She considers many of her works cautionary tales, so to speak.
Three Starting Points
Approaching the 30-year mark in her career of making manga, with no stinkers in her bibliography, to narrow down our recommendation to just three choices pain us. However, this arbitrary number of recs we dedicated for our Know your Creators series helps you from being overwhelmed and helps us keep these articles at a reasonable length. Though, unfortunately, only some of her work’s available in English, so we’ve stuck with those.
- AKA Why Being an Edo-Era Courtesan Would Suck.
Several of us OTAQUEST writers have waxed poetic about the glorious Sakuran film adaptation starring 2000s wild-child Anna Tsuchiya, and it’s paramount you watch it, but the original manga’s equally deserving of your attention. An audacious and haunting look at the lives of courtesans in Japan’s historical Edo Period, basically high-end escorts not to be mistaken with geisha, Moyoco Anno juxtaposes beautiful women decked in incredible fashions with the cruel and unusual lives that often played out for them.
The story centers specifically around one Kiyoha, sold into the brothel at a young age, enduring abuse from the older woman as she grows into a top-ranking Oiran. Arguably, the comic sees the josei manga maestro at her illustrative peak.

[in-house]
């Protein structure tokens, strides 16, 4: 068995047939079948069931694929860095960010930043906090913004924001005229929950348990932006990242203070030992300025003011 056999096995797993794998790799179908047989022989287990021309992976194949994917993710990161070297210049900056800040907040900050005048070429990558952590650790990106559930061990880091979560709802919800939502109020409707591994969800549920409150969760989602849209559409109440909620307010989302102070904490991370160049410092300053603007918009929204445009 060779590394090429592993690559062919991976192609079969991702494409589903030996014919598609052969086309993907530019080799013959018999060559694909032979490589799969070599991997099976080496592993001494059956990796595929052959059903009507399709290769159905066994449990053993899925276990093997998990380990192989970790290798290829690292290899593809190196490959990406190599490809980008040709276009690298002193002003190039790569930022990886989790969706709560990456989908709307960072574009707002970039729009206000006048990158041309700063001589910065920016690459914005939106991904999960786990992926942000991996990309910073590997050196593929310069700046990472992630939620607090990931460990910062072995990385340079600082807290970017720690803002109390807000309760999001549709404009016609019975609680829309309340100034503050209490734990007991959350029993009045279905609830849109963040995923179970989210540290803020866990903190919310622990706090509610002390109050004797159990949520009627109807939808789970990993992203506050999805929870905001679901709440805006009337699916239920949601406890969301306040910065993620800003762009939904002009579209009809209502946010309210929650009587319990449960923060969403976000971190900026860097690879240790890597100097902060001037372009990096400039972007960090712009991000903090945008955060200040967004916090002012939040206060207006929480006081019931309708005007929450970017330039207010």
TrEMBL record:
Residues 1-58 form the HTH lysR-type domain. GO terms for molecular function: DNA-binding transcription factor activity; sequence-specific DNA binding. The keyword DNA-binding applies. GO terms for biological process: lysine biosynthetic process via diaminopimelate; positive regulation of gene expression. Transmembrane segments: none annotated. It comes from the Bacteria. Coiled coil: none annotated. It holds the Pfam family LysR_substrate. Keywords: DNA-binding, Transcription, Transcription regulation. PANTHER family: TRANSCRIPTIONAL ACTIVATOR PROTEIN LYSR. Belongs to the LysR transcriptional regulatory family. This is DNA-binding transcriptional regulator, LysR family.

In Clothes Called Fat
- AKA Why Society Shouldn’t Gloss Over Mental Health
Moyoco Anno didn’t hold back when conceptualizing In Clothes Called Fat, and while we absolutely love her for brutally honest depictions of beauty and ugliness alike, some find this manga particularly hard to read. The blunt portrayal of bulimia found within rings true to life… which, in combination with Anno opting to employ a particularly frantic edge to her illustration, makes this comic meditation on unchecked mental health dehabilitation engaging but understandably a lot to take in.
20 years after its initial serialization in the Japanese manga magazine Young Berry, it got nominated for an Eisner upon its eventual English release.
- AKA Why You Don’t Want to Work a Japanese Office Job.
Like many of the all-time great manga, like Nana and Hunter x Hunter to name a few, Hataraki Man entered a never-ending hiatus years ago and may remain unfinished for the rest of time. Despite that, Moyoco Anno’s take on Japanese workplace culture remains one of manga’s most beloved and deserves your time. It’s achieved a one-of-a-kind reputation for accuracy and relatability by actually being about office politics and why caring about your job is a double-edged sword, opposed to being an office romance like many josei manga.
No wonder she opted to run the comic in a seinen magazine, eschewing formal expectations for romantic fulfillment being the focal point of the comic like so many josei works tend to. While the manga itself is not actually available stateside, you can pick up its perfectly respectable anime adaptation from Sentai Filmworks, regularly on the cheap.